Developed according to the idea of Alain Daniélou and upon his request, and tuned according to his theory, the Semantic Daniélou-36 is an electronic musical instrument which was conceived by Michel Geiss, Christian Braut, Jean-Claude Dubois and Philippe Monsire. It follows on from a previous version, the S52, an instrument created by Claude Cellier and André Kudelski. The aim of the S52 was to provide a practical application to verify the theory, but it was quite difficult to use for musicians, mainy in terms of its ergonomy, and it offered only very basic sounds.
The Semantic is a musical instrument of its own kind. In order to simplify its use, Alain Daniélou decided to use only 36 of the 53 notes of the scale (3 choices for each of the 12 notes), the others being less essential in his opinion.
The Semantic Daniélou is a comprehensive,”ready to play” instrument. With its integrated amplification system it is totally independent and perfectly accessible for both the musician and the composer. In its first version, it was composed of a K2000R Kurzweil sound generator, an electronic control board and two keyboards with buttons from the Midy 20 Cavagnolo. An integrated speaker system means that the Semantic Daniélou does not require an external PA system. The instrument offers 20 different sounds whose simple tones which were chosen specifically to best demonstrate the theory of Alain Daniélou. In order to allow musical expression, the speed with which the keys are pressed down (the “velocity”) enduces an action on the volume of the sounds. It also includes sustain and soft pedals, as well as potentiometers which affect the tone and the amplitude envelope’s attack and release times.
For this first version, one of the reasons that the K2000R Kurzweil was chosen is that it offers the possibility of tuning each note to a cent (1/100th of a semi-tone). In other words, in the worst case, a given note could not be more than half a cent out of tune with its theoretical Danliélou value: a small error, which he had accounted for. It can be noted, for example, that if the notes C1 (65,406 Hz) and C6 (2093,005 Hz) are raised by a cent, their frequency is respectively raised by 0,0378 and 1,209 Hz.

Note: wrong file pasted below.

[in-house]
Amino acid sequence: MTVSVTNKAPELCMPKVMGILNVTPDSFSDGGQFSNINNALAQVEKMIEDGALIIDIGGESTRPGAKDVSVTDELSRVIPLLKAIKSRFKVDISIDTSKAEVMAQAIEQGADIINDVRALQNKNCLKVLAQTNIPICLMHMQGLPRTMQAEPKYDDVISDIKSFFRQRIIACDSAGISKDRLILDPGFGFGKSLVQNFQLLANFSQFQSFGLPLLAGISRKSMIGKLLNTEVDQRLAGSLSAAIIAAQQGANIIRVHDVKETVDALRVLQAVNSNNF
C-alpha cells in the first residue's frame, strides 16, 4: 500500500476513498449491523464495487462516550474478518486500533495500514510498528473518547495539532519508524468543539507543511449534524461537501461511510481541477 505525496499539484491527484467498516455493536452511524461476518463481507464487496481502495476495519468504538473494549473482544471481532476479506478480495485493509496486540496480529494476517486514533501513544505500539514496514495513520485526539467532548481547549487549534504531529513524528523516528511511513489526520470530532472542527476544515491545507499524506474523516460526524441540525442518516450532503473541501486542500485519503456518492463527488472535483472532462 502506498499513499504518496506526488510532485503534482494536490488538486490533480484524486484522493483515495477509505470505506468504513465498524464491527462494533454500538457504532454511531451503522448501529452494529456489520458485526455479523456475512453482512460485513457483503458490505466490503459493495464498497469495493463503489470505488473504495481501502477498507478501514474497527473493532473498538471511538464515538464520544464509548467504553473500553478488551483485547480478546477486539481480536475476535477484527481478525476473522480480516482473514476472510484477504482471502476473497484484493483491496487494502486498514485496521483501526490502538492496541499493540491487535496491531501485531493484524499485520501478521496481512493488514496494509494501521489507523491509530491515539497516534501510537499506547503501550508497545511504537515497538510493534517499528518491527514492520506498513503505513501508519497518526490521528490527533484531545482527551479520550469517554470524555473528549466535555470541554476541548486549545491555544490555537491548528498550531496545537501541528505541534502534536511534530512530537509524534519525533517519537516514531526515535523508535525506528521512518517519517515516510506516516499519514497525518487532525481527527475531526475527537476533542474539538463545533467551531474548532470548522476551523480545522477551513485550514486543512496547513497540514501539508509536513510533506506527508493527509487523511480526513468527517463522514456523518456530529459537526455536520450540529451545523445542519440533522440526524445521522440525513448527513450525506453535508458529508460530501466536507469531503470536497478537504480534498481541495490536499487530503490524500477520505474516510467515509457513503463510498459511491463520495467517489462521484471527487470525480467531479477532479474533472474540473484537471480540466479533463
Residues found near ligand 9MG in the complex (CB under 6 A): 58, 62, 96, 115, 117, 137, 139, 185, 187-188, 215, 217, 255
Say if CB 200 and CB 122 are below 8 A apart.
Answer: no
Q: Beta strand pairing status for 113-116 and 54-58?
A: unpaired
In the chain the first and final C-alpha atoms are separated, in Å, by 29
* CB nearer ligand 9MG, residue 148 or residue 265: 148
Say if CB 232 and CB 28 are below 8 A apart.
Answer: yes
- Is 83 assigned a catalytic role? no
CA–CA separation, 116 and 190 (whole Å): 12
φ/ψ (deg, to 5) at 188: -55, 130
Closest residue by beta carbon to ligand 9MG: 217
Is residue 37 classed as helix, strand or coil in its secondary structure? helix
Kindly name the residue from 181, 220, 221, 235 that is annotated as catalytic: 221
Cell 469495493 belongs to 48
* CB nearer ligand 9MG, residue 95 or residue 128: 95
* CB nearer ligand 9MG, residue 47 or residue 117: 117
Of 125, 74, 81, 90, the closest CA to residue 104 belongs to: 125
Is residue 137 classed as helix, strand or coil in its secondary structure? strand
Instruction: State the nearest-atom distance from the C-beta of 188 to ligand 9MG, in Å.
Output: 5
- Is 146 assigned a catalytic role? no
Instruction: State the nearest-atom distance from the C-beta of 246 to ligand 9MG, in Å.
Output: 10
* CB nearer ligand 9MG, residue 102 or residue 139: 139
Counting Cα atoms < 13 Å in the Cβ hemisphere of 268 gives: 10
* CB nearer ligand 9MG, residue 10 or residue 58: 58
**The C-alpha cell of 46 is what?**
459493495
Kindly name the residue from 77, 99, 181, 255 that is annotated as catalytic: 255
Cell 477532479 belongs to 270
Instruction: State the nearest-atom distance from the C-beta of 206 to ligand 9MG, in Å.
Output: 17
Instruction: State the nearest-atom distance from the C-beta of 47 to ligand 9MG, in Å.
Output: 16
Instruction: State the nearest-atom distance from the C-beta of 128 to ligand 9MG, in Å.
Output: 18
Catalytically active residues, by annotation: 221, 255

When compared to a traditional piano keyboard, the button keyboard offers two advantages. Firstly its appearance is purposefully different: the piano keyboard, in the mind of a musician, is synonymous with equal temperament. For this reason it was considered important that from the outset an instrument as innovative as the Semantic Daniélou should set itself apart from preconceived ideas – including piano keys. Furthermore, in terms of the span of the musician’s fingers, the button keyboard enables a greater selection of notes than that of a piano, which is very useful for the “playability” of the instrument, which comprises three times more notes per octave than a piano keyboard.
The Semantic Daniélou includes two keyboards (one for the left and one for the right hand), with a total of 105 keys, which gives a range of almost six octaves. It is also possible to transpose it by semi-tones or by octaves. The space occupied by the 105 keyboard buttons is 40cm by 10cm. To provide a comparison, an octave on the Daniélou scale spans a length of approximately 13 cm, whilst on a piano keyboard, for the same notes, the space required would be 36 cm, i.e. 3 times more.
The instrument described above was used in concert in Paris, Rome, Venise and at the Abbey of Thoronet (in the Var area). Albeit functional, this initial projet remained for several years at a stage of development which corresponded with the type of technology that was available in the 1990s, with a rudimentary sound palette.
At his own initiative, Michel Geiss later developed a considerably improved version, integrating recent IT developments in the field of music. This version was finalised in 2013. It includes a powerful computer to produce and control its sounds. With this major technological update the sounds available are much richer and more varied, and also significantly more expressive than the original version, whilst providing a precision of pitch which is 1 000 times greater (1 000th of a cent). In addition, a ribbon controller has been added in order to play subtle and progressive pitchbend variations, in a similar way to Ondes Martenot. Finally, the use of a computer to replace the previous system makes it possible to modify the existing sounds and to add new ones. Its computerisation also offers the possibility of managing the sound internally by means of a sequencer or arpeggiator, without modifying the physical stucture of the instrument.